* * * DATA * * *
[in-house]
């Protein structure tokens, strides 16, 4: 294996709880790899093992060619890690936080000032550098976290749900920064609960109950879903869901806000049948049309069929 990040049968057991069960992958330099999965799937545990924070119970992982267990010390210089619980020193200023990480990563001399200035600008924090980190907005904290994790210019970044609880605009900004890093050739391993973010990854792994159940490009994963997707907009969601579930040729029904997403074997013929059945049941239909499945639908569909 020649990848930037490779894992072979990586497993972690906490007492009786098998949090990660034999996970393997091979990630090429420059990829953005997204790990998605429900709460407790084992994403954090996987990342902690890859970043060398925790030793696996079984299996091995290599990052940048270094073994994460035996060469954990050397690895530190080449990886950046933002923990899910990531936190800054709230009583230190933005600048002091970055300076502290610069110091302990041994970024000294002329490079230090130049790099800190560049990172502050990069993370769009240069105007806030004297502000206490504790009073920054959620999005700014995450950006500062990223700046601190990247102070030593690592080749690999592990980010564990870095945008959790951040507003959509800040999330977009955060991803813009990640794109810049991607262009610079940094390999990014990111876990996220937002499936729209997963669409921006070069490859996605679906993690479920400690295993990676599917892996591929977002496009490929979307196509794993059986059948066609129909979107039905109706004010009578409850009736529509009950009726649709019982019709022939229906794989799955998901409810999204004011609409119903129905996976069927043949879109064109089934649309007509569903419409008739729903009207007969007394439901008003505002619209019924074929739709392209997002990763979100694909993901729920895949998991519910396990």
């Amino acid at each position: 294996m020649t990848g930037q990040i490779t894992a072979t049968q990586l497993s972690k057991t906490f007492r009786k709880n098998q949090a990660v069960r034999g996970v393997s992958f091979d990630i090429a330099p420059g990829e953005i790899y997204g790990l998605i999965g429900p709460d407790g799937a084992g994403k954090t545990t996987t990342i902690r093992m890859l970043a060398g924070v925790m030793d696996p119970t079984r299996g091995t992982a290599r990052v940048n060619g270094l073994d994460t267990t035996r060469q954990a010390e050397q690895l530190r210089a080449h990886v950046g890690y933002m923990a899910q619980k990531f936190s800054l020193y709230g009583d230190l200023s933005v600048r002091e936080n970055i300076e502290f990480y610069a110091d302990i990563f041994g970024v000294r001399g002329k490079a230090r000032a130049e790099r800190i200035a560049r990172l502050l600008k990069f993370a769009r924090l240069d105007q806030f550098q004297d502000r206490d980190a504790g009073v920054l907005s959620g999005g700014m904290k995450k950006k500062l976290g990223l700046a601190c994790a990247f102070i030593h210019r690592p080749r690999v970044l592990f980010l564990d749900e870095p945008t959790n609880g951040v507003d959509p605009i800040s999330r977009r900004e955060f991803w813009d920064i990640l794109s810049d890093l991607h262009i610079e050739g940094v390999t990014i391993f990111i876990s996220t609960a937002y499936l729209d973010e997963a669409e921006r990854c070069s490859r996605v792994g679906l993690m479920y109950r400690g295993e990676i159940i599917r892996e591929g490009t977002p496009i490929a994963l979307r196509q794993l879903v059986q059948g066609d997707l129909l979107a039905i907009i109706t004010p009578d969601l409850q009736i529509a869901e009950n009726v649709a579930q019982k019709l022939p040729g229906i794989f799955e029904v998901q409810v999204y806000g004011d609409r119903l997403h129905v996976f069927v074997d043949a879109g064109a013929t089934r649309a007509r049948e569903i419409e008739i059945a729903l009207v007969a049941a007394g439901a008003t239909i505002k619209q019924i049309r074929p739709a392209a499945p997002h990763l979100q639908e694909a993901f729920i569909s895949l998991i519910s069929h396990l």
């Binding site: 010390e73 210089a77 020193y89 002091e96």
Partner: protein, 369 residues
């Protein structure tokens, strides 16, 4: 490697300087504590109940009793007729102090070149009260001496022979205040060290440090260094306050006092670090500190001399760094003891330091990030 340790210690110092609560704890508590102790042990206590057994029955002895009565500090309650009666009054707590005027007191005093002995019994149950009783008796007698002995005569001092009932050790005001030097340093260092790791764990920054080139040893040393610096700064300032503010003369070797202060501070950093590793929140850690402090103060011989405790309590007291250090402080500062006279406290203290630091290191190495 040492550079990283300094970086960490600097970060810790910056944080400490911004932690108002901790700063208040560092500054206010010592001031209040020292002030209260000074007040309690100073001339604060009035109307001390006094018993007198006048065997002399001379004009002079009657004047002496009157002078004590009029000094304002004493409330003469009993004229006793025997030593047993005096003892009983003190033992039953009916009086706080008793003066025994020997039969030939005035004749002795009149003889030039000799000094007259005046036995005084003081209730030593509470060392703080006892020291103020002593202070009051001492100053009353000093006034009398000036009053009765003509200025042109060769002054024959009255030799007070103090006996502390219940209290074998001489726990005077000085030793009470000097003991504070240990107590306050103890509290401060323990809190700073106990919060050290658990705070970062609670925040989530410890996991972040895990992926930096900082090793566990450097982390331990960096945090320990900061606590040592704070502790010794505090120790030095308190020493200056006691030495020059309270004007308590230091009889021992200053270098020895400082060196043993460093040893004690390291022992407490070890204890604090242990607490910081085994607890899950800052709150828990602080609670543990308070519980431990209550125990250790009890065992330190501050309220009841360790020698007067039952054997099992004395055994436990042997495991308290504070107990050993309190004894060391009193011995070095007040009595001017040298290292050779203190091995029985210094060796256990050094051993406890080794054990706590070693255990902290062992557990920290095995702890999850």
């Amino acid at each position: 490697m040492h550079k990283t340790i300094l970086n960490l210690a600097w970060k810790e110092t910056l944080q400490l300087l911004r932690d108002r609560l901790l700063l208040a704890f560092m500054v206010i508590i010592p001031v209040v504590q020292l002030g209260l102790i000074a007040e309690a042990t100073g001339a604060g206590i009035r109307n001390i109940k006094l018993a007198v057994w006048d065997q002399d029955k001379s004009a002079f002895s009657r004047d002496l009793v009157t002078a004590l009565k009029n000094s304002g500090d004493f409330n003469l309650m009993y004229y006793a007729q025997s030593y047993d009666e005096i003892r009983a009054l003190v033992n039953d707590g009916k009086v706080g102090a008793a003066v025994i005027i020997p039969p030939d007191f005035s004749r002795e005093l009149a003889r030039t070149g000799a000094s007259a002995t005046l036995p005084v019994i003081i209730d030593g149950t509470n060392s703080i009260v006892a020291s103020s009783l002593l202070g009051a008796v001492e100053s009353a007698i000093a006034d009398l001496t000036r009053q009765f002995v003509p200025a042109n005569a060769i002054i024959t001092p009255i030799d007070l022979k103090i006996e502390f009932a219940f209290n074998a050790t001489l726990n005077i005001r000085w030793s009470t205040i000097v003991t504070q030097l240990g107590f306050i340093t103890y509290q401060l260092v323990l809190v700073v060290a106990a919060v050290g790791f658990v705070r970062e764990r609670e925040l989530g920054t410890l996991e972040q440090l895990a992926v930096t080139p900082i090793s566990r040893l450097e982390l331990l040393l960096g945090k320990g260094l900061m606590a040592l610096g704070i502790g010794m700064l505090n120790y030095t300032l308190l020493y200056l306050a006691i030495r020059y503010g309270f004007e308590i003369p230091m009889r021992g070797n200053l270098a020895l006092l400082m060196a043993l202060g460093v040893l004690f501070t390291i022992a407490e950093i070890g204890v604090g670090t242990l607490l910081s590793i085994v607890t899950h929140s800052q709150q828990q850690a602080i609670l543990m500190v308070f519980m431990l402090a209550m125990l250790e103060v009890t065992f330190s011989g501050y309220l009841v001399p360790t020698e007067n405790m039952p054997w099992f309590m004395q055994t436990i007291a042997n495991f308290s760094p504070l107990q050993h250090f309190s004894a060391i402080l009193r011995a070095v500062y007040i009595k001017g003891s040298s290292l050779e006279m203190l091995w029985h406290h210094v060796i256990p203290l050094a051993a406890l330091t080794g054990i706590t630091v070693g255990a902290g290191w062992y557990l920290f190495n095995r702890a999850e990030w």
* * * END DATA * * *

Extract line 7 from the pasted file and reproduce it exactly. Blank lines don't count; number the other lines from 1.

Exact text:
């Amino acid at each position: 490697m040492h550079k990283t340790i300094l970086n960490l210690a600097w970060k810790e110092t910056l944080q400490l300087l911004r932690d108002r609560l901790l700063l208040a704890f560092m500054v206010i508590i010592p001031v209040v504590q020292l002030g209260l102790i000074a007040e309690a042990t100073g001339a604060g206590i009035r109307n001390i109940k006094l018993a007198v057994w006048d065997q002399d029955k001379s004009a002079f002895s009657r004047d002496l009793v009157t002078a004590l009565k009029n000094s304002g500090d004493f409330n003469l309650m009993y004229y006793a007729q025997s030593y047993d009666e005096i003892r009983a009054l003190v033992n039953d707590g009916k009086v706080g102090a008793a003066v025994i005027i020997p039969p030939d007191f005035s004749r002795e005093l009149a003889r030039t070149g000799a000094s007259a002995t005046l036995p005084v019994i003081i209730d030593g149950t509470n060392s703080i009260v006892a020291s103020s009783l002593l202070g009051a008796v001492e100053s009353a007698i000093a006034d009398l001496t000036r009053q009765f002995v003509p200025a042109n005569a060769i002054i024959t001092p009255i030799d007070l022979k103090i006996e502390f009932a219940f209290n074998a050790t001489l726990n005077i005001r000085w030793s009470t205040i000097v003991t504070q030097l240990g107590f306050i340093t103890y509290q401060l260092v323990l809190v700073v060290a106990a919060v050290g790791f658990v705070r970062e764990r609670e925040l989530g920054t410890l996991e972040q440090l895990a992926v930096t080139p900082i090793s566990r040893l450097e982390l331990l040393l960096g945090k320990g260094l900061m606590a040592l610096g704070i502790g010794m700064l505090n120790y030095t300032l308190l020493y200056l306050a006691i030495r020059y503010g309270f004007e308590i003369p230091m009889r021992g070797n200053l270098a020895l006092l400082m060196a043993l202060g460093v040893l004690f501070t390291i022992a407490e950093i070890g204890v604090g670090t242990l607490l910081s590793i085994v607890t899950h929140s800052q709150q828990q850690a602080i609670l543990m500190v308070f519980m431990l402090a209550m125990l250790e103060v009890t065992f330190s011989g501050y309220l009841v001399p360790t020698e007067n405790m039952p054997w099992f309590m004395q055994t436990i007291a042997n495991f308290s760094p504070l107990q050993h250090f309190s004894a060391i402080l009193r011995a070095v500062y007040i009595k001017g003891s040298s290292l050779e006279m203190l091995w029985h406290h210094v060796i256990p203290l050094a051993a406890l330091t080794g054990i706590t630091v070693g255990a902290g290191w062992y557990l920290f190495n095995r702890a999850e990030w």